• As governor, he helped the state weather two major natural disasters: Hurricane Gustav in 2008, earning bipartisan praise for the much more successful response than the one Louisiana had for Katrina under his predecessor; and the Deepwater Horizon oil spill three years later.
  • Also at 37(!), he was rumored to be on John McCain's VP shortlist.
  • That same year he was offered a prime time speech at the 2008 Republican National Convention, but canceled due to Hurricane Gustav.
  • In 2009 he was chosen to give the rebuttal to President Obama's speech to a joint session of Congress. 
  • Socially, he's rated 100 percent pro-life; he's a staunch opponent of gay marriage; he's adored by the NRA and Gun Owners of America; he wants alternative forms of biological history taught alongside evolution; and he's been among the most vocal critics on Obamacare, effectively using his background in health care policy.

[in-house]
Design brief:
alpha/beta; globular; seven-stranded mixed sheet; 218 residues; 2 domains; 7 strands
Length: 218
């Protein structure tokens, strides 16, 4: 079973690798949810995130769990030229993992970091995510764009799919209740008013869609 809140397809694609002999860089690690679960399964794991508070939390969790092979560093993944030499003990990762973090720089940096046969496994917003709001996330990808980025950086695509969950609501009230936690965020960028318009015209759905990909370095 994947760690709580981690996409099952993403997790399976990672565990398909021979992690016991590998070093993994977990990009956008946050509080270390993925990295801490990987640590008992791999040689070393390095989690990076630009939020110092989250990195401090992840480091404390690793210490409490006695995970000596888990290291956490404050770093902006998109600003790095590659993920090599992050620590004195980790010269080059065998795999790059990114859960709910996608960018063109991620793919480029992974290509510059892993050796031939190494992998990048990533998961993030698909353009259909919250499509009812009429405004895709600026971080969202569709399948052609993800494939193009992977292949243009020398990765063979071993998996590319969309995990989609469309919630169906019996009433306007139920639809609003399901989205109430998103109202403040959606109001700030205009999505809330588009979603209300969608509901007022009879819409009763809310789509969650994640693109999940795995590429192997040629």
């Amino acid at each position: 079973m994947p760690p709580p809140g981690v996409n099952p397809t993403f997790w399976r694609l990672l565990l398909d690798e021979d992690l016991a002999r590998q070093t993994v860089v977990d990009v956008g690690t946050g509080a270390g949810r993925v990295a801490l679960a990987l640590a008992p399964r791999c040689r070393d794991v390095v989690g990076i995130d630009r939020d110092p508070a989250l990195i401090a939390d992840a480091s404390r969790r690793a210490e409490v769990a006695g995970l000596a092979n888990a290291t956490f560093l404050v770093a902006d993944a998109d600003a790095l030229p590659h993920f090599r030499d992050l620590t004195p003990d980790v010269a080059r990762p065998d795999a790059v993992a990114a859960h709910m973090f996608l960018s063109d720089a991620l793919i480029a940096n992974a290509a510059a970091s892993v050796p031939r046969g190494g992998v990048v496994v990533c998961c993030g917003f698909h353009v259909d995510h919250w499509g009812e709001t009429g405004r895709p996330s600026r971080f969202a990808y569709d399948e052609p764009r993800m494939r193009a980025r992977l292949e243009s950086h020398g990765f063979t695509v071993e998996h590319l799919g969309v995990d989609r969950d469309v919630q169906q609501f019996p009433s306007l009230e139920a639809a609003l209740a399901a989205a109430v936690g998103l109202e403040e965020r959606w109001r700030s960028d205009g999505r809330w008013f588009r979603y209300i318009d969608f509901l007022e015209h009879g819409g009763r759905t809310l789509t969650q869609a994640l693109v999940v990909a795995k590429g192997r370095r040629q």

In sum, he's a young, bright, minority, accomplished, conservative executive. Just what the Republican Party needs.

Spin from opponents--Take a closer look at his record as governor. Thanks to his irresponsible economic approach, he's had severe budget shortfalls, which he tried to balance largely on the backs of public universities, enacting the deepest cut per student of any state in the nation. Nevertheless, the $1 billion surplus he inherited has turned into a $1.6 billion shortfall. (If you click on that link, you'll see the rather unflattering title, "How Bobby Jindal Wrecked Louisiana.") His terrible gubernatorial record has caused his approval rating to collapse to a record low, 31 percent, while more than twice that disapprove. His approval rating among Louisiana Republicans alone is barely over 50 percent. Who knows a presidential candidate better than his own state? If Louisianians don't like him, why would the nation?